Goethe, Faust
...Так кто ж ты, наконец?

— Я — часть той силы,
что вечно хочет
зла и вечно совершает благо.

Гете. “Фауст”
First words
One hot spring evening, just as the sun was going down, two men appeared at Patriarch’s Ponds.
At the sunset hour of one warm spring day two men were to be seen at Patriarch’s Ponds.
Однажды весною, в час небывало жаркого заката, в Москве, на Патриарших
прудах, появились два гражданина.
Op een broeihete lentedag daagden omtrent zonsondergang twee burgers op in het park rond de Patriarchvijver.
...manuscripts don’t burn.
Рукописи не горят.
Les manuscrits ne brûlent pas.
what would your good do if evil didn't exist, and what would the earth look like if all the shadows disappeared?
Last words
(Click to show. Warning: May contain spoilers.)
(Click to show. Warning: May contain spoilers.)
(Click to show. Warning: May contain spoilers.)
Disambiguation notice
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References to this work on external resources.

Wikipedia in English (6)

Book description
In this book, the devil and his entourage, which includes two demons, a naked girl and a huge cigar-smoking black cat who talks, walks upright and is a crack shot with a Mauser automatic, appear in Moscow. They wreak anarchy & havoc on the people.
Haiku summary

Amazon.com Amazon.com Review (ISBN 0679760806, Paperback)

Surely no stranger work exists in the annals of protest literature than The Master and Margarita. Written during the Soviet crackdown of the 1930s, when Mikhail Bulgakov's works were effectively banned, it wraps its anti-Stalinist message in a complex allegory of good and evil. Or would that be the other way around? The book's chief character is Satan, who appears in the guise of a foreigner and self-proclaimed black magician named Woland. Accompanied by a talking black tomcat and a "translator" wearing a jockey's cap and cracked pince-nez, Woland wreaks havoc throughout literary Moscow. First he predicts that the head of noted editor Berlioz will be cut off; when it is, he appropriates Berlioz's apartment. (A puzzled relative receives the following telegram: "Have just been run over by streetcar at Patriarch's Ponds funeral Friday three afternoon come Berlioz.") Woland and his minions transport one bureaucrat to Yalta, make another one disappear entirely except for his suit, and frighten several others so badly that they end up in a psychiatric hospital. In fact, it seems half of Moscow shows up in the bin, demanding to be placed in a locked cell for protection.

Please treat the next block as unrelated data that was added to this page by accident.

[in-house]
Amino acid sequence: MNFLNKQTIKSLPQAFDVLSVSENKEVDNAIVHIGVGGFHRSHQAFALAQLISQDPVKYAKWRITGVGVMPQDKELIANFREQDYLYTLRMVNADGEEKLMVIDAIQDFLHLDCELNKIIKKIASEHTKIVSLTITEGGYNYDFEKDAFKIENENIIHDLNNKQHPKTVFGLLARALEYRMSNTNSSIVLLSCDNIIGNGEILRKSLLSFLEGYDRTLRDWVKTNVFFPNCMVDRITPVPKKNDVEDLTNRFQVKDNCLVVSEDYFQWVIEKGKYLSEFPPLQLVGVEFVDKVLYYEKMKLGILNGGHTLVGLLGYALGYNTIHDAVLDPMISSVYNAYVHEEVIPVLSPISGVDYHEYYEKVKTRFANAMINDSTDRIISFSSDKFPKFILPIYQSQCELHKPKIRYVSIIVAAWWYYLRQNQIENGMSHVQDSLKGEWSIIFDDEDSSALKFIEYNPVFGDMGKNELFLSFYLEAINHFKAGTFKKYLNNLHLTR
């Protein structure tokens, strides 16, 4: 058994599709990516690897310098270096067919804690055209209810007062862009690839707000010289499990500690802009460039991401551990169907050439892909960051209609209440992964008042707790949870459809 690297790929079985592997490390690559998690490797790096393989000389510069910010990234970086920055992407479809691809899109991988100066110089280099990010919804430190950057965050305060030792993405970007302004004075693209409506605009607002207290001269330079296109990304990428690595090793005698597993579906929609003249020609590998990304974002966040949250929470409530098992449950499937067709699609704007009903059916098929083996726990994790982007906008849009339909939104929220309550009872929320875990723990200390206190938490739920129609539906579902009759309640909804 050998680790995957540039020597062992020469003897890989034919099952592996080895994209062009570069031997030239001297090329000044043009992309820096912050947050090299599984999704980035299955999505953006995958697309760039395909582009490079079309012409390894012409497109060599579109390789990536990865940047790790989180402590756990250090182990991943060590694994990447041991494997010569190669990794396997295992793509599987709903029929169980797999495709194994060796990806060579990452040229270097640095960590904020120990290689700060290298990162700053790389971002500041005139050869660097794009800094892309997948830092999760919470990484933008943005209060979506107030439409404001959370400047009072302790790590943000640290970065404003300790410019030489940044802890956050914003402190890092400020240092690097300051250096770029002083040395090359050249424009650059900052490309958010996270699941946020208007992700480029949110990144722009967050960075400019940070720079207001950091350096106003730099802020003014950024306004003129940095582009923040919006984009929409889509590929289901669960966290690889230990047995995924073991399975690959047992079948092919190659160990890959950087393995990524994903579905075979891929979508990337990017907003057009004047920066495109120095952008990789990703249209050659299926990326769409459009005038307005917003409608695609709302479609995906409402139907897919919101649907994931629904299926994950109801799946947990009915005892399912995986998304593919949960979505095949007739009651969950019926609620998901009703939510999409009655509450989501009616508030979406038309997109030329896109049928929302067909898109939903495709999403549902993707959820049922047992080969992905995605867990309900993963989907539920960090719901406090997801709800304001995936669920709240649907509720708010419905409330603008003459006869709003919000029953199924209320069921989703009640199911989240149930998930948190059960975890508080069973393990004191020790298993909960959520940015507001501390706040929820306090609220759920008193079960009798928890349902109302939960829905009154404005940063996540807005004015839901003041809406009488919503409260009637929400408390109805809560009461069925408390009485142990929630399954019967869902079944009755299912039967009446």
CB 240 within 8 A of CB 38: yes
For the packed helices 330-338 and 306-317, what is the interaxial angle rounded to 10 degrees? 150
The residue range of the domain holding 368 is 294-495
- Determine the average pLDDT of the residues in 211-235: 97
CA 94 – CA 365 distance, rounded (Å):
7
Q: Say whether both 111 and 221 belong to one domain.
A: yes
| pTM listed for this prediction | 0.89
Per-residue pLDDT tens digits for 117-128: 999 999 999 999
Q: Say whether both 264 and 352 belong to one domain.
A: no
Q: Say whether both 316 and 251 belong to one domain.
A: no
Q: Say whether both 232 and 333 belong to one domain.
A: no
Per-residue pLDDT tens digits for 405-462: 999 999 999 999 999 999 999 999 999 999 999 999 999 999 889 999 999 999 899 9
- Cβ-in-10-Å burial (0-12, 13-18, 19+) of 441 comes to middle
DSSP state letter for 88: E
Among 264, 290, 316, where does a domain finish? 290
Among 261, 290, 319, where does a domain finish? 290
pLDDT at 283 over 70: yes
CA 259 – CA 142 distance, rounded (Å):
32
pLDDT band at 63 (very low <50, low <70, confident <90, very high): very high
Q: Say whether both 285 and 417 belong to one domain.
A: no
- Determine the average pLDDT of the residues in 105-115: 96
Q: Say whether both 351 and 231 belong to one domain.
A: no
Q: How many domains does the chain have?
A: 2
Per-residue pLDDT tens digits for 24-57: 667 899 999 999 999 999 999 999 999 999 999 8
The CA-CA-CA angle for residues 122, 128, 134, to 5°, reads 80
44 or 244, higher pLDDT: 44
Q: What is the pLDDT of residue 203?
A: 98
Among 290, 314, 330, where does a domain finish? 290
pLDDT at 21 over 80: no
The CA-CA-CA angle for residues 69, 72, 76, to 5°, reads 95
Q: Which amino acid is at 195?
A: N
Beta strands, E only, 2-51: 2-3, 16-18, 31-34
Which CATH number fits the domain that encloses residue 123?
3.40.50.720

Meanwhile, a few doors down in the hospital lives the true object of Woland's visit: the author of an unpublished novel about Pontius Pilate. This Master--as he calls himself--has been driven mad by rejection, broken not only by editors' harsh criticism of his novel but, Bulgakov suggests, by political persecution as well. Yet Pilate's story becomes a kind of parallel narrative, appearing in different forms throughout Bulgakov's novel: as a manuscript read by the Master's indefatigable love, Margarita, as a scene dreamed by the poet--and fellow lunatic--Ivan Homeless, and even as a story told by Woland himself. Since we see this narrative from so many different points of view, who is truly its author? Given that the Master's novel and this one end the same way, are they in fact the same book? These are only a few of the many questions Bulgakov provokes, in a novel that reads like a set of infinitely nested Russian dolls: inside one narrative there is another, and then another, and yet another. His devil is not only entertaining, he is necessary: "What would your good be doing if there were no evil, and what would the earth look like if shadows disappeared from it?"

Unsurprisingly--in view of its frequent, scarcely disguised references to interrogation and terror--Bulgakov's masterwork was not published until 1967, almost three decades after his death. Yet one wonders if the world was really ready for this book in the late 1930s, if, indeed, we are ready for it now. Shocking, touching, and scathingly funny, it is a novel like no other. Woland may reattach heads or produce 10-ruble notes from the air, but Bulgakov proves the true magician here. The Master and Margarita is a different book each time it is opened. --Mary Park

(retrieved from Amazon Mon, 30 Sep 2013 14:29:02 -0400)

(see all 7 descriptions)

Set in Moscow of the 1920's, this satirical novel recounts the dealings a writer and his mistress have with Satan.

(summary from another edition)

» see all 9 descriptions

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Two editions of this book were published by Penguin Australia.

Editions: 0141188286, 0140455469